METAR SMS Text Message Service to Support Part 107 Compliance: A Classroom Lab Exercise

Joseph M. Burgett, PhD
Nieri Department of Construction Development and Planning, Clemson University, 2-134 Lee Hall, Clemson SC, 29631 United States of America


Unmanned aircraft systems (UAS) have been used to support a wide range of industries.  Code of Federal Regulations Title 14 Part 107 provides the rules that govern most commercial UAS missions.   Section 107.51 of the regulations limits the maximum UAS altitude to 400 feet above the ground or structure and a minimum clearance of 500 feet below clouds.  The required cloud clearance is often easy to comply with as most cloud coverage is thousands of feet above the ground and well above the 400-foot ceiling.  However, many missions require the UAS to fly nearly low-altitude clouds or early morning fog.  In these situations, the pilot must know the altitude of the clouds to maintain the necessary clearance.  Accurately estimating cloud height visually is very difficult to do.  However, the Federal Aviation Administration (FAA) has partnered with Leidos Flight Services to develop an SMS text service through the service to receive real-time Meteorological Aerodrome Report (METARs) weather reports in plain text.  This paper shows how this new tool can be used to determine cloud height and incorporate it into a classroom activity to support Part 107 compliance. 

Keywords: Part 107, Unmanned Aircraft System, Drones, METAR, Cloud 

© 2023 under the terms of the J ATE Open Access Publishing Agreement in (Arial 8 point) 


Unmanned aircraft systems (UAS), colloquially referred to as “drones,” are a tool that has seen significant growth over the past decade.  Drones currently support various industries, including construction, law enforcement, agriculture, and cinematography [1].  The rapid growth of drone use started with the release of the Code of Federal Regulations Title 14 Part 107 (Part 107) in 2016 [2] and is the “default regulation for drones weighing under 55 pounds” [3].  Part 107 provides specific requirements governing lawful UAS operations, including a maximum of 400ft above ground level altitude, limitations of flights over people, and additional lighting requirements for night operations.  This rapid communication manuscript will focus on section 107.51.d.1.  The regulation requires remote command pilots (RPICs) to maintain a minimum 500-foot buffer below clouds.  The purpose is to give RPICs sufficient space to avoid crewed aircraft operating in a cloud where visibility is reduced.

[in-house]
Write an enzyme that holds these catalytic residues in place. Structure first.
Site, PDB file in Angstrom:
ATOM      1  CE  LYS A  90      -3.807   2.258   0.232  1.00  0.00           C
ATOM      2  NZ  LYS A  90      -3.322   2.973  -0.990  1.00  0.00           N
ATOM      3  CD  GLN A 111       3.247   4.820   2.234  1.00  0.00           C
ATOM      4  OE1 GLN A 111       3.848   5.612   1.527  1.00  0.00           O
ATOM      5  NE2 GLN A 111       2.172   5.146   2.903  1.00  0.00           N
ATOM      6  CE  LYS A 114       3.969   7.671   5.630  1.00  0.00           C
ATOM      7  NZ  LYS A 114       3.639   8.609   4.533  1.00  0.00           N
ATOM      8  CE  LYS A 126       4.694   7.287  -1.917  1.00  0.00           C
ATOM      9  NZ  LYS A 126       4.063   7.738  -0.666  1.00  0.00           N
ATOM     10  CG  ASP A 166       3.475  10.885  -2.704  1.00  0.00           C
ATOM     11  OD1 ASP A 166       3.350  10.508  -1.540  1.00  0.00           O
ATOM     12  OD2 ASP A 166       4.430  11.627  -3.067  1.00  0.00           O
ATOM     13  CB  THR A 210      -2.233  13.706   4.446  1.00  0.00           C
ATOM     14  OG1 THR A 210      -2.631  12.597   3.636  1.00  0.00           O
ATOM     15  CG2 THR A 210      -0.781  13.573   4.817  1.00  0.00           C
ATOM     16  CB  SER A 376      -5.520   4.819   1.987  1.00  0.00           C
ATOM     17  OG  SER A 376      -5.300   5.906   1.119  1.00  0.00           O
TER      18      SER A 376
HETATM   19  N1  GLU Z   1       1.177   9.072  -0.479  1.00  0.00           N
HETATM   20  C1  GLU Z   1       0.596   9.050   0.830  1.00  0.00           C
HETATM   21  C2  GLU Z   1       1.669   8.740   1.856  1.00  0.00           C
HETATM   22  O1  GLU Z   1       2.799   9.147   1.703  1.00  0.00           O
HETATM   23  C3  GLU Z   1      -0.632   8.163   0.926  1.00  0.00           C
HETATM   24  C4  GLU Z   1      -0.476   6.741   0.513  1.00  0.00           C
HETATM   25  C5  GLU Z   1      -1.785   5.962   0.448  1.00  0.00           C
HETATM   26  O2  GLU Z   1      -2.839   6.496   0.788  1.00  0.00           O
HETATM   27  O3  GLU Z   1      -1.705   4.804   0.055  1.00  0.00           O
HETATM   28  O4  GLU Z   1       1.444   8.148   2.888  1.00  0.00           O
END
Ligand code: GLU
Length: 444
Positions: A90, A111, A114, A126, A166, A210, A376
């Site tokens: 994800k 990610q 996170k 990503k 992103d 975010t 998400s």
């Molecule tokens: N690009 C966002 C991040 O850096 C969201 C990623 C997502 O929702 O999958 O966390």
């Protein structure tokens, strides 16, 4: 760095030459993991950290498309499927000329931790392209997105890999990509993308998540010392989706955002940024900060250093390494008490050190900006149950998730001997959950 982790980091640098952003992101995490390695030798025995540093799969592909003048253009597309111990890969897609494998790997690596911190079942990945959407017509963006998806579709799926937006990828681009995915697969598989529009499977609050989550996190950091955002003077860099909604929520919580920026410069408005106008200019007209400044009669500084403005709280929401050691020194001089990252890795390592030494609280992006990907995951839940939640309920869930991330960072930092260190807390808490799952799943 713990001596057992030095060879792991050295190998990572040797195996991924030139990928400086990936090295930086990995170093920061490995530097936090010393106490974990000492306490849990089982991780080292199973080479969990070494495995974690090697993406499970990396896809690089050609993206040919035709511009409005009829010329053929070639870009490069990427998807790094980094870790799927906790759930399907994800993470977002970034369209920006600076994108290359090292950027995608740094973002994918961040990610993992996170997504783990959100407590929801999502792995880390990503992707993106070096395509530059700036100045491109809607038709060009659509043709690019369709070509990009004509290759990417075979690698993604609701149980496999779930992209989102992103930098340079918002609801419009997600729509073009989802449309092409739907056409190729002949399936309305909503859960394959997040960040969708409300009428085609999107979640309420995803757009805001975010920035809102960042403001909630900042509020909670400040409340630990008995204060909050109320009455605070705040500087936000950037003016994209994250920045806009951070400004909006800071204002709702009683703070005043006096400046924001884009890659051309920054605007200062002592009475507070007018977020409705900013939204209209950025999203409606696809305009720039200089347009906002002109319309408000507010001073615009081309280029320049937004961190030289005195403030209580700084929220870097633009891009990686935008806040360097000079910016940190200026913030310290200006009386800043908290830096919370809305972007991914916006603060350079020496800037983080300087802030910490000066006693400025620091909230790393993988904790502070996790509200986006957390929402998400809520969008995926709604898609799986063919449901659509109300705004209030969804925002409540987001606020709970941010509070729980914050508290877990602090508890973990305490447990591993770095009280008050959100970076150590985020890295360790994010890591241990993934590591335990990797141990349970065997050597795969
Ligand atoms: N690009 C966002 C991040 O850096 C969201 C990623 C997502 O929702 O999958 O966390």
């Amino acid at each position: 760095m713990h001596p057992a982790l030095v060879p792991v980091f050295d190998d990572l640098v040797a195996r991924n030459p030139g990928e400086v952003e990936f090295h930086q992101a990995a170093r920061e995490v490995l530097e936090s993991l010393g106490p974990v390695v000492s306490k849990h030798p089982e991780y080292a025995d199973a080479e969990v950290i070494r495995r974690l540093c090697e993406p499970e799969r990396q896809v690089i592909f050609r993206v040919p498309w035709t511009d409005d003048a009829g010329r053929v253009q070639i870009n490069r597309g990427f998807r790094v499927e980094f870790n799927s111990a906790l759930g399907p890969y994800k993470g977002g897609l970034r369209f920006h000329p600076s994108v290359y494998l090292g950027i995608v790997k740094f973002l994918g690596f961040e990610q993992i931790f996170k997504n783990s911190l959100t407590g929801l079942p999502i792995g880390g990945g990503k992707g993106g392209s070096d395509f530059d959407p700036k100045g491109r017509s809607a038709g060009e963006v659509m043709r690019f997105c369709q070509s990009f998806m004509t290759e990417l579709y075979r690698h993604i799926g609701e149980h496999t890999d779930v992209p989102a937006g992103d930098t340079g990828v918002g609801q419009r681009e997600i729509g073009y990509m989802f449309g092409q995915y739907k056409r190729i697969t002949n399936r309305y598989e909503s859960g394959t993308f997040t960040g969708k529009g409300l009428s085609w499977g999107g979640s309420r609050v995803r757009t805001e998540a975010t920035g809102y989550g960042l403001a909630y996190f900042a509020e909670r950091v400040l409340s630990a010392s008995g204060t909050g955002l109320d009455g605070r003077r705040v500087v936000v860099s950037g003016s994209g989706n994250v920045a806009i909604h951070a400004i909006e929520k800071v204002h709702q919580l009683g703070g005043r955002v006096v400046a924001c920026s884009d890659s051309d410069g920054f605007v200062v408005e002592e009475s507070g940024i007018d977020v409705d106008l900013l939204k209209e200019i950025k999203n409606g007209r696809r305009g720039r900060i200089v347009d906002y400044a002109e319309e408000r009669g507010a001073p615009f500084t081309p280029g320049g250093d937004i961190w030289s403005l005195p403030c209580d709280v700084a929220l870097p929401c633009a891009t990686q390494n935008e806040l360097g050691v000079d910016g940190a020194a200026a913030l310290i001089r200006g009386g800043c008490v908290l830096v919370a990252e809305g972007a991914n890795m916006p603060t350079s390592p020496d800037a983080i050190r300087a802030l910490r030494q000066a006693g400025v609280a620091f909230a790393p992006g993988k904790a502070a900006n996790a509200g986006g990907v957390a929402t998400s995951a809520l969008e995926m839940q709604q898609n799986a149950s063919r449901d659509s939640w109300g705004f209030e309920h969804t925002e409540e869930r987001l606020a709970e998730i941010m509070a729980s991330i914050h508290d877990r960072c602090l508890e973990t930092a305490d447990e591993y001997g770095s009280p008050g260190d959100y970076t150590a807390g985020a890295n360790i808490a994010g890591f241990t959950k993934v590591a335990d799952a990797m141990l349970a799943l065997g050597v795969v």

• Section 107.51: A remote pilot in command and the person manipulating the flight controls of the small unmanned aircraft system must comply with all of the following operating limitations when operating a small unmanned aircraft system…(d) The minimum distance of the small unmanned aircraft from clouds must be no less than: (1) 500 feet below the cloud; and (2) 2,000 feet horizontally from the cloud.

The requirement to maintain a minimum of 500 feet from the underside of a cloud is a non-issue for many missions as the cloud altitude is significantly above the allowable 400ft ceiling. However, it is not unusual for a mission to occur when low-altitude clouds or early morning fog are present. RPICs must know the cloud height to know their maximum mission altitude. A challenge for many RPICs is that most commercial weather services do not provide low-level cloud altitudes. The goal of this rapid communication is to demonstrate how a text messaging service from by Leidos Flight Services can help meet the requirements of Section 107.51 and be integrated into a field exercise for a collegial UAS training program.


Part 107 requires pilots to pass a knowledge test before earning their remote pilot certificate. A skill assessed with the knowledge test is reading a meteorological terminal air report (METAR). The FAA defines a METAR as “observation of current surface weather reported in a standard international format” [4]. Unlike many commercial weather reports, the METAR provides cloud height information.


The METAR below is the example used in the FAA’s Pilot’s Handbook of Aeronautical Knowledge (FAA-H-8083-25B, chapter 13) [5].

METAR KGGG 161753Z AUTO 14021G26KT 3/4SM +TSRA BR BKN008 OVC012CB 8/17 A2970 RMK PRESFR

METARs are issued every hour and always report the amount, height above ground level (AGL), and the presence of towering cumulus (TCU) or cumulonimbus (CB) clouds [5]. As such, the METAR can be useful for RPICs to maintain the 500-foot buffer from low-altitude clouds. In the example above, “BKN008” means broken clouds at 800ft. “OVC012CB” means the skies are overcast at 1,200ft with cumulonimbus clouds.

There are two challenges for UAS pilots using the METAR. First, while knowing how to read the METAR is required for the Part 107 exam, most UAS pilots don’t commonly use it, and the skill is quickly lost. The second challenge is that accessing current METAR either by radio frequencies of nearby airports or through an internet connection may require additional equipment (radio, computer, internet access, etc.) and be inconvenient during hot and dusty conditions associated with fieldwork.